“Apartheid was legal. The Holocaust was legal. Slavery was legal. Colonialism was legal. Legality is a matter of power, not justice.” —Jose Antonio Vargas
Ten state attorneys general threaten to file a lawsuit by September 5 to seek the termination of the Deferred Action for Childhood Arrivals Program, leaving about 800,000 immigrant youth at risk of immediate deportation.
They say the law is the law.
But in their version of the law, is there justice or fairness?
I grew up a mixed-race child in a conservative Japanese town where racial discrimination was a near daily fact of life. My parents wanted to move to the United States where they believed all children were treated as equals, but they were told by lawyers that if they applied for citizenship it would be a 20-year wait. And could still fail.
Not able to see their child suffer discrimination any longer, they decided it was worth it to come to the U.S. even if they had to live undocumented without work permits, driver’s licenses or social security numbers. In 2004, they bought for the three of us one-way tickets to California.
Twelve years later, I concluded my freshman year at Harvard University. Meanwhile, my parents lived in a rusty garage in Los Angeles and worked at an elderly care facility for $6 an hour under the table. I saw my mom weep as her manipulative employer unapologetically denied her paycheck for two consecutive months. My father helplessly clenched his sunbaked hands — the same hands that had dragged groceries in a makeshift cart aboard the Metro 233 bus to avoid deportation for driving without a license.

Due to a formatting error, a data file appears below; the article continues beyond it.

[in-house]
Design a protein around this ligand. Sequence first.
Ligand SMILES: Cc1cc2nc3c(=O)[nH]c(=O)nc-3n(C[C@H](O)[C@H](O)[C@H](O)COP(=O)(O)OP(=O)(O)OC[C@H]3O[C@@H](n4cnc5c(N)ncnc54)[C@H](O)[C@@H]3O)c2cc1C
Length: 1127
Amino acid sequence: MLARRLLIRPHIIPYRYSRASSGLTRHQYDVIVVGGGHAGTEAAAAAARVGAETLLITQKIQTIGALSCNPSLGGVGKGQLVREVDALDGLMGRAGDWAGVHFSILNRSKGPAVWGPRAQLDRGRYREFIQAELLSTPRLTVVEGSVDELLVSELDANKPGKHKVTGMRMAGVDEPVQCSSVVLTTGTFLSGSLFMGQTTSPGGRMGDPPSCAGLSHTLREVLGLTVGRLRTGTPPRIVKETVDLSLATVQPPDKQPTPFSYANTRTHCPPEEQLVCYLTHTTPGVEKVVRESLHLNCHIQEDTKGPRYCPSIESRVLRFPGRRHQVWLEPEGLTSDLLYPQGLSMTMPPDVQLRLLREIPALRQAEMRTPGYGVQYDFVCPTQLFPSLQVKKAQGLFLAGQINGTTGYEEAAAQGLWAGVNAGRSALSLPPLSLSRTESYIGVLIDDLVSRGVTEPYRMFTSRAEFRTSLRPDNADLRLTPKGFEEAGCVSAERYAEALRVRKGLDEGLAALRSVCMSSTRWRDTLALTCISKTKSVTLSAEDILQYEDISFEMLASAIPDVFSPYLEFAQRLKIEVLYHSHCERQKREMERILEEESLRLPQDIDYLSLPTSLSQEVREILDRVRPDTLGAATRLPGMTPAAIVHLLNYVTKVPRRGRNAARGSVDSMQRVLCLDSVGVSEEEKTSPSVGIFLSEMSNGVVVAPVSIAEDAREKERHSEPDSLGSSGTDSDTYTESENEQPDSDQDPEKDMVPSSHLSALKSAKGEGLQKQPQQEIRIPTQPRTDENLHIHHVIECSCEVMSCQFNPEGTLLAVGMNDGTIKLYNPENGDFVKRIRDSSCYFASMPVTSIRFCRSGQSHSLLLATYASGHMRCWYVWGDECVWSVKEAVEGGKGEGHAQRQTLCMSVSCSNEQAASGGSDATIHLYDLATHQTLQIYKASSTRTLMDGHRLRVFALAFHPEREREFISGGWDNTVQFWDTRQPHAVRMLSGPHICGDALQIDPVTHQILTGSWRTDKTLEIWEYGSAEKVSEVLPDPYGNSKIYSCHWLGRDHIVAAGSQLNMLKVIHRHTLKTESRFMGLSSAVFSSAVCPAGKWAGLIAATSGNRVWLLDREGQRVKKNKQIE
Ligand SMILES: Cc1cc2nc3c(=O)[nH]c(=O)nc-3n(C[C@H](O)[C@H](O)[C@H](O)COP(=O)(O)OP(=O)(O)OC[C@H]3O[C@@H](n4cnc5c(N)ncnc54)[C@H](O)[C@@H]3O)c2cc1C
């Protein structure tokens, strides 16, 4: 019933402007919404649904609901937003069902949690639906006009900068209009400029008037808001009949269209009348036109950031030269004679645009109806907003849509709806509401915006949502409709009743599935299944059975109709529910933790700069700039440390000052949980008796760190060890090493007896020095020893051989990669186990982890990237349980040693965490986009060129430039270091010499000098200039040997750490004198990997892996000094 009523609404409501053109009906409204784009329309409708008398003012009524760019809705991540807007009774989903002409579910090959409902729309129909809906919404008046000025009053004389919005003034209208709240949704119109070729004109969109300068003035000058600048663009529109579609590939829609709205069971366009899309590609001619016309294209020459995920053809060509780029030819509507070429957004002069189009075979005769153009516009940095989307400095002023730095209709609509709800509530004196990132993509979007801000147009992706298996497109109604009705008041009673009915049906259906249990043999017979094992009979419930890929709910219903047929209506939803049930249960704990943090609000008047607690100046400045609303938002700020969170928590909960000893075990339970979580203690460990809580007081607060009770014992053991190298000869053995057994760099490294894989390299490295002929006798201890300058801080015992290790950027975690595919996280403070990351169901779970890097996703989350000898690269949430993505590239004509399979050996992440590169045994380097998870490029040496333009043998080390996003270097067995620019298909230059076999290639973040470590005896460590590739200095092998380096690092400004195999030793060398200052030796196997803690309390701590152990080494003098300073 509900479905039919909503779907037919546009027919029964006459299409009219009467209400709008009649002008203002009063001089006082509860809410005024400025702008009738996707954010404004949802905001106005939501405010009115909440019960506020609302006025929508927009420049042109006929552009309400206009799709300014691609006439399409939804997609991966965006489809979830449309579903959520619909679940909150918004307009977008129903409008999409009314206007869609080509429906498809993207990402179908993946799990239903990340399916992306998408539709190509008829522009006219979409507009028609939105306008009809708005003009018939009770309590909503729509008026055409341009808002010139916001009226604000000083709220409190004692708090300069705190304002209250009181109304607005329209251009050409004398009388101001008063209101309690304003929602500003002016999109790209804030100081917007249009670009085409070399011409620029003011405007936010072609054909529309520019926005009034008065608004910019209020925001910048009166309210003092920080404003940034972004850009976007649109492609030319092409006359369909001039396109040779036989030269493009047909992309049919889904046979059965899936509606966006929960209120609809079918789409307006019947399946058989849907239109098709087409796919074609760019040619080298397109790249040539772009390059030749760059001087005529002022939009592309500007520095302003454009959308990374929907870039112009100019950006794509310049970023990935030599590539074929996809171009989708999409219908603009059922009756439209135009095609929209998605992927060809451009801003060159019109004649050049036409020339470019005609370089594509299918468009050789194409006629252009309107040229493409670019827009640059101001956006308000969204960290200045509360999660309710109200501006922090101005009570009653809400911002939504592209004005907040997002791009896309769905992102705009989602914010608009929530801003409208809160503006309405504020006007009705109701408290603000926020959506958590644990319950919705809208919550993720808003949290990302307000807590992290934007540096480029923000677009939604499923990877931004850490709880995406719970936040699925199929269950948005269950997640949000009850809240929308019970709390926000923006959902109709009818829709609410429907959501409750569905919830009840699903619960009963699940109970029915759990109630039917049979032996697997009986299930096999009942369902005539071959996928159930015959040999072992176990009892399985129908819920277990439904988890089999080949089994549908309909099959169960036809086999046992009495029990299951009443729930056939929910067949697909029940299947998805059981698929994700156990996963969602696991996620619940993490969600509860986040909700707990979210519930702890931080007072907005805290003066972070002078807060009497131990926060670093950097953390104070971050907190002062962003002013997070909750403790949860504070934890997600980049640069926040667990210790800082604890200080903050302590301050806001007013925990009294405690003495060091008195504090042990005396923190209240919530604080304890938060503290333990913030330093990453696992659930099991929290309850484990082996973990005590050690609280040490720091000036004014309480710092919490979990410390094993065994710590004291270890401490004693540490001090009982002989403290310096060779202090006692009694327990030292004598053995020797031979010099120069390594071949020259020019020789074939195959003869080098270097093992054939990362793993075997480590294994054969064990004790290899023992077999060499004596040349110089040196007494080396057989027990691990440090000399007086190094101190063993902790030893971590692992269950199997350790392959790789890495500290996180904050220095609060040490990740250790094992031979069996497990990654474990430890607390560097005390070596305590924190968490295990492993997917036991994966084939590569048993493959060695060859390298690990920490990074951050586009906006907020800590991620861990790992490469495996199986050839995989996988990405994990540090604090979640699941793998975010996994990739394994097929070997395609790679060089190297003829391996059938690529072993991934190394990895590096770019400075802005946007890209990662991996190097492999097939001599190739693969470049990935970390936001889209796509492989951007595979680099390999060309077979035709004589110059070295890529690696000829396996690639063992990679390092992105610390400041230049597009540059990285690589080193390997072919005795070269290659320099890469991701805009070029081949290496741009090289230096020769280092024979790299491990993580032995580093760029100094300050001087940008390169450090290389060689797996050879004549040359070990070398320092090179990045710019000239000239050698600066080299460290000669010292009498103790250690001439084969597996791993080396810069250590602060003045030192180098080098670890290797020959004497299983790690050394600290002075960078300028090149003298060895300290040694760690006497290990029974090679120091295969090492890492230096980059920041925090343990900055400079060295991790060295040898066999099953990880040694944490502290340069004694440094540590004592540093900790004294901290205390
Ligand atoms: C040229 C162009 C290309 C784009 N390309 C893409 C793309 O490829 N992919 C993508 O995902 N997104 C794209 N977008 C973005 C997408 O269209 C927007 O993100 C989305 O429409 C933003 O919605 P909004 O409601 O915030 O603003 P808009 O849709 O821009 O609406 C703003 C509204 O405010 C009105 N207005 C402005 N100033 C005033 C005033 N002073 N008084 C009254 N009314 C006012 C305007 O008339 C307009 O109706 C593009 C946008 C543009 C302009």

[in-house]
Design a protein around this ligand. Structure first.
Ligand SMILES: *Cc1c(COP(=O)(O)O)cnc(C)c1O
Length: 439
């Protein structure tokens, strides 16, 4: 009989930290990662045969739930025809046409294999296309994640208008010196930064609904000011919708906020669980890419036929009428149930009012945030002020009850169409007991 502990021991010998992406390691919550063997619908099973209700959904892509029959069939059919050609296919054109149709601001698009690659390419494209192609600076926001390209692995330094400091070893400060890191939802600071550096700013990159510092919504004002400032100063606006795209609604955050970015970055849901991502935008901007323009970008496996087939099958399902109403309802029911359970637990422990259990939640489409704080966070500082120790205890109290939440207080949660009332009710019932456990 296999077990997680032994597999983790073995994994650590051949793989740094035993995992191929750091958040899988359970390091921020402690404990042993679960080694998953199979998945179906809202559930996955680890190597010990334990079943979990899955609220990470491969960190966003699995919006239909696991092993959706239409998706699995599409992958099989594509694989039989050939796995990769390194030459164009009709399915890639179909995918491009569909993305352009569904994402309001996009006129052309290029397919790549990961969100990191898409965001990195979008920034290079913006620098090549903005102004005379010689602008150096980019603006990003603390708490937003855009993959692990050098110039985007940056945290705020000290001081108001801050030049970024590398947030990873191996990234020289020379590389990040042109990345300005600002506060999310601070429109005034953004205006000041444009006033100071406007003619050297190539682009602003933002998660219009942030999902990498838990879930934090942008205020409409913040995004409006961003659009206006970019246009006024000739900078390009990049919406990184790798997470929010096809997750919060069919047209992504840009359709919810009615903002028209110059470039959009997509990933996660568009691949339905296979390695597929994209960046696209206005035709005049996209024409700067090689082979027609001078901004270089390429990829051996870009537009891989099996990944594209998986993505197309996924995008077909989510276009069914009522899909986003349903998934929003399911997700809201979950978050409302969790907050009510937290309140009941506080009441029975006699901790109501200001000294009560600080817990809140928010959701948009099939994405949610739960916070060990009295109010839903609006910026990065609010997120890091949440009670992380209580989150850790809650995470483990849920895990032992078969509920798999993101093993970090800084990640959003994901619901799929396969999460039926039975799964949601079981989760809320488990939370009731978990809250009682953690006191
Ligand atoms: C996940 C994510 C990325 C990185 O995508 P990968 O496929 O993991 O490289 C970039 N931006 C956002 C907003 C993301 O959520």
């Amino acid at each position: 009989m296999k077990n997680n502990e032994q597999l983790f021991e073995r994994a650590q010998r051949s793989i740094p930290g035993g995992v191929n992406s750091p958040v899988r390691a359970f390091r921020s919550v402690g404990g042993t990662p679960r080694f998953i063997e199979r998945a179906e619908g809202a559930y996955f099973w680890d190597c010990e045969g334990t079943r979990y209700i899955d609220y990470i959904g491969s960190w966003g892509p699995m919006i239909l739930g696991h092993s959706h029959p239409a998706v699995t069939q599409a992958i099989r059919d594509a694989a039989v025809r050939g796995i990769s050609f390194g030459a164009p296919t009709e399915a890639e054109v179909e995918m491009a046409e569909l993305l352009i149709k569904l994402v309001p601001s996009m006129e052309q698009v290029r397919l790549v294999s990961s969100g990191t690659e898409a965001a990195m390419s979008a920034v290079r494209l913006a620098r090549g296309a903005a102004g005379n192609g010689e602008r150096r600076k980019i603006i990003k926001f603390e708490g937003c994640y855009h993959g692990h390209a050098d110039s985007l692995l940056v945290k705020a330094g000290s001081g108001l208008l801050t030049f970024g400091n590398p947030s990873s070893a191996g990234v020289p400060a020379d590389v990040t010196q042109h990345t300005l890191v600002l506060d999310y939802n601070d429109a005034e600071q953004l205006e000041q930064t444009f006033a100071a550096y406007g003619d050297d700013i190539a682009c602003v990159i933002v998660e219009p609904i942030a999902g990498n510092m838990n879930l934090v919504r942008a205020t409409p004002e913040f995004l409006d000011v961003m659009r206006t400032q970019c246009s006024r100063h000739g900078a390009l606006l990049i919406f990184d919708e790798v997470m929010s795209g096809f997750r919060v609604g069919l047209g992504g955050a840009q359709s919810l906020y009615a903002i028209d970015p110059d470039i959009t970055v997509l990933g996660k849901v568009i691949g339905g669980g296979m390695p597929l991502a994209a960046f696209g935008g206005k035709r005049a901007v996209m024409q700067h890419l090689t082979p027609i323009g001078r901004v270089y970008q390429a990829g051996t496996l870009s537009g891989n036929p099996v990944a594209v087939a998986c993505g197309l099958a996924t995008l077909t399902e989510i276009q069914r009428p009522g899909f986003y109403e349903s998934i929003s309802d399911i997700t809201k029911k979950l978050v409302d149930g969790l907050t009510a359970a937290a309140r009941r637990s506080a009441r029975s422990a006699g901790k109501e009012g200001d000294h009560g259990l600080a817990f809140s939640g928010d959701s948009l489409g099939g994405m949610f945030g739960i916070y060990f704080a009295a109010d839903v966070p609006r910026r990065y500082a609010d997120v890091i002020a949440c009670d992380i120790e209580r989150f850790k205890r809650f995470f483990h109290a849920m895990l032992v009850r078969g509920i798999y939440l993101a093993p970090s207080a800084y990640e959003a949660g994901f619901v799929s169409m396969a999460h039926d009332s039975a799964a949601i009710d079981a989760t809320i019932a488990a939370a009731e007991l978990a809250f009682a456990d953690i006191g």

Many nights, my parents glared at the TV screen as a rich presidential candidate wearing a red hat rose to power. Their remaining hopes of immigration reform became eviscerated as Trump chanted: “job stealer.”
My parents retuned to Japan. As a Dreamer kid covered by DACA, I stayed.
My friend Ivan is also a Dreamer. When he was nine, he and his mom fled north to the U.S. to escape cartel violence. Here, they had no immediate family or employment opportunities. But they could survive.
We began our friendship in high school freshmen art class. He was a defensive safety on our football team and worked at a local cellphone store.
A few months ago, Ivan was charged with robbery. The outlook is grim — he can’t afford a good lawyer. If convicted, he will not only go to jail, but — much worse — he’ll have his DACA revoked and be forced back to the violence he had desperately escaped.
The government will celebrate another deportation of a “felon.”
So, please tell me that the law is the law.
And I will respond with facts of immigrants starting businesses, growing the economy, and committing less crime than native-born people. Then I will show you that undocumented immigrants contribute $11 billion in taxes and $13 billion to Social Security.
I will illustrate how generations of now-“legal” ancestors passed through U.S. immigration systems so different from today. Prior to the 20th century, strict national immigration law was nonexistent and Ellis Island merely required health and sanity for entry.
But still, I will bond with you over how liberating it must have felt for your Irish, German, Polish or Italian ancestors to travel endless seas to find refuge in the poem inscribed on the Statue of Liberty: “Give me your tired, your poor, your huddled masses yearning to breathe free.”
I will remind you that America started with the simple idea of protecting a fundamental human liberty — the pursuit of happiness.
In doing so, I will show you that even “job stealers” like my parents and “felons” like my friend deserve to stay here just as much as my fellow undocumented classmates.
I will tell you that we work, study, and live here.
Yet still, there are those who will tell me, “the law is the law.”
But the law is not justice.
Daishi Miguel Tanaka was a communications and media advocacy intern with the ACLU of Southern California.